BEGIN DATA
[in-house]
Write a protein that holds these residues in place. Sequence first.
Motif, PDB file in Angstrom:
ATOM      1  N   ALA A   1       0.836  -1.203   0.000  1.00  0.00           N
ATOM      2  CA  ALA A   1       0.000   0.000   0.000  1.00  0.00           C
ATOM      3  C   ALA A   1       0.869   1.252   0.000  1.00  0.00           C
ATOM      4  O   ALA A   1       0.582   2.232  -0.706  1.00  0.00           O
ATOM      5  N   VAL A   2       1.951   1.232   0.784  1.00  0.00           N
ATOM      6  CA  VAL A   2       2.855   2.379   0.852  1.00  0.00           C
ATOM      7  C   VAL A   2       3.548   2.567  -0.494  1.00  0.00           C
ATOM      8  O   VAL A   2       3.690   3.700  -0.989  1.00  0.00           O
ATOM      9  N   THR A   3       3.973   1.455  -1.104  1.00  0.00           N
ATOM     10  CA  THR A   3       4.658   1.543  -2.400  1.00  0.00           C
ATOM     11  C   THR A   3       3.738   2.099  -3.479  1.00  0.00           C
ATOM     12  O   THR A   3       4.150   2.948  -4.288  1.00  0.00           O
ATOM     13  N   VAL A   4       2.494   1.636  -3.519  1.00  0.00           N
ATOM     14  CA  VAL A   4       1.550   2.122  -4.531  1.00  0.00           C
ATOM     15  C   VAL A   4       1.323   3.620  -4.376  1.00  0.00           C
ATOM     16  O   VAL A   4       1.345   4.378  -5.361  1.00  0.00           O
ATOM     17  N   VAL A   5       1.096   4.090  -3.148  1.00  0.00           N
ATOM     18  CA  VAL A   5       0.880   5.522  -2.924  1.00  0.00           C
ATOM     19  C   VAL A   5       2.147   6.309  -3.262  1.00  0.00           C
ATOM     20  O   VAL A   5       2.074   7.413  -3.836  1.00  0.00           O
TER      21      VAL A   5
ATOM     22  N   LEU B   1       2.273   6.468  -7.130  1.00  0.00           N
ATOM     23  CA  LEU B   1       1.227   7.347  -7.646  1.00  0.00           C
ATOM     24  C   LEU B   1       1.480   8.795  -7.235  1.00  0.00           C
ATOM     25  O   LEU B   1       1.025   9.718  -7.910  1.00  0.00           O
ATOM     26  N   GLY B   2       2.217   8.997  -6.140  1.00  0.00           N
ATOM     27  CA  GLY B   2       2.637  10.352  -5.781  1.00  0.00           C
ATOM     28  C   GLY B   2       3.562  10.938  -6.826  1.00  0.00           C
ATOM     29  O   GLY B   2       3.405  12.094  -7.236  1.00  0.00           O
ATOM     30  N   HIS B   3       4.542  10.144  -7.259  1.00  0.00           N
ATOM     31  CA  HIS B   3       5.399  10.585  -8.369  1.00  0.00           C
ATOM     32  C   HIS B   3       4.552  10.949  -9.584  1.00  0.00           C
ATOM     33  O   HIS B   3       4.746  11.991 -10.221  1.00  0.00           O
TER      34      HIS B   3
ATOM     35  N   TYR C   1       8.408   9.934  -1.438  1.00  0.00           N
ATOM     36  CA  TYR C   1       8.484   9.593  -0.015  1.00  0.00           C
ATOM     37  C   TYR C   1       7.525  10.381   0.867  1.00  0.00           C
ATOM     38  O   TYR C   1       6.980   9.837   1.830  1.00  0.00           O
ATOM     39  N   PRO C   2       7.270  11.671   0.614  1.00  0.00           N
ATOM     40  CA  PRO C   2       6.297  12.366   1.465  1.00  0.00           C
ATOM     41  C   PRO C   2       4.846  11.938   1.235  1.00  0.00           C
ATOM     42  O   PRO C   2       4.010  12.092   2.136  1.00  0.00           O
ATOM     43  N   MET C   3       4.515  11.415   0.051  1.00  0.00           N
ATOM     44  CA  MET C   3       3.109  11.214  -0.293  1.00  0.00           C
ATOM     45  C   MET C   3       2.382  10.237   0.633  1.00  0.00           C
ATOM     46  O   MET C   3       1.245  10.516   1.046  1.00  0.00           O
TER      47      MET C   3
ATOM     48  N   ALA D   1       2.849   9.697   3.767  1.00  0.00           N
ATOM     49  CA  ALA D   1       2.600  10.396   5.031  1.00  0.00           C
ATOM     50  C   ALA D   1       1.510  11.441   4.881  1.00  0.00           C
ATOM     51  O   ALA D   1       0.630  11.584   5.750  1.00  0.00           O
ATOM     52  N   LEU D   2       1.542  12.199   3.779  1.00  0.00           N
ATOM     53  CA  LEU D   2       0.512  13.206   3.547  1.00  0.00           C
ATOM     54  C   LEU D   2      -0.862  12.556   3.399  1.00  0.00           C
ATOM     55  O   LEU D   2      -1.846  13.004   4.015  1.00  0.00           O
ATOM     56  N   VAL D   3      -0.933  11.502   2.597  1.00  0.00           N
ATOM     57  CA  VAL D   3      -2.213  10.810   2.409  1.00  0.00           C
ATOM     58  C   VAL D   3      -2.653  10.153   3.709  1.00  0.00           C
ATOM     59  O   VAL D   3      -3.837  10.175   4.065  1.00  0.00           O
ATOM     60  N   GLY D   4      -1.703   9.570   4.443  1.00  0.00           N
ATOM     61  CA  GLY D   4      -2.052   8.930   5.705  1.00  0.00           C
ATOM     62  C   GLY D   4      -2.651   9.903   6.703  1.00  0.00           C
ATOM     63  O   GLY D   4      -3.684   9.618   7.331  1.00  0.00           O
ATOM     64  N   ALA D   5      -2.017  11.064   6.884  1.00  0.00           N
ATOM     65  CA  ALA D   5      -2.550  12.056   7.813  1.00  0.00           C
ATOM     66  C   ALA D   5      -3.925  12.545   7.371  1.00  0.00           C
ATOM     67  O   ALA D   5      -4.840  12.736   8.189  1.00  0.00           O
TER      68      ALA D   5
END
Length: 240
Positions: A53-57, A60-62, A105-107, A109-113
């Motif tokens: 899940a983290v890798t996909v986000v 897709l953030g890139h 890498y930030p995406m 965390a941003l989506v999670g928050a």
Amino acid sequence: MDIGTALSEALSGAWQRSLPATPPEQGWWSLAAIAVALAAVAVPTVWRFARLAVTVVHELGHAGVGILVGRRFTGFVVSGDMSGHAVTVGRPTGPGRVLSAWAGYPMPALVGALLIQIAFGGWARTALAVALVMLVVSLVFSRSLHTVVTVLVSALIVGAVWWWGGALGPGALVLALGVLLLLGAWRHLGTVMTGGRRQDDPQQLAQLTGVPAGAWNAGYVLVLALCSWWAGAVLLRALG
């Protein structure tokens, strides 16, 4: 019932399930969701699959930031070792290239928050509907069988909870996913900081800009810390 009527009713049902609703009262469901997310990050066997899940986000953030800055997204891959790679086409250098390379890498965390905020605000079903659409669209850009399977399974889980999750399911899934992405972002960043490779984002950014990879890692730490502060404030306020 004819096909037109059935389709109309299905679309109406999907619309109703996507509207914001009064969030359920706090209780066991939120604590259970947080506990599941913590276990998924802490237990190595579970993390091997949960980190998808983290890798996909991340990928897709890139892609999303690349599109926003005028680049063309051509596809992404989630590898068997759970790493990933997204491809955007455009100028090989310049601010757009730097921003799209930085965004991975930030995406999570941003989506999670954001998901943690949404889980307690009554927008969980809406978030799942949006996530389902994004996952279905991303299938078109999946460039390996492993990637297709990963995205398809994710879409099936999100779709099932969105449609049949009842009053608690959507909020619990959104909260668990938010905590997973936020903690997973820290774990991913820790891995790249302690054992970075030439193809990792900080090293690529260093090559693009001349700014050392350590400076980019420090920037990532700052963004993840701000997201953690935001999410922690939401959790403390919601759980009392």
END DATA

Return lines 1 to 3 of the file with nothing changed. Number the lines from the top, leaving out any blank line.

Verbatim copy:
[in-house]
Write a protein that holds these residues in place. Sequence first.
Motif, PDB file in Angstrom: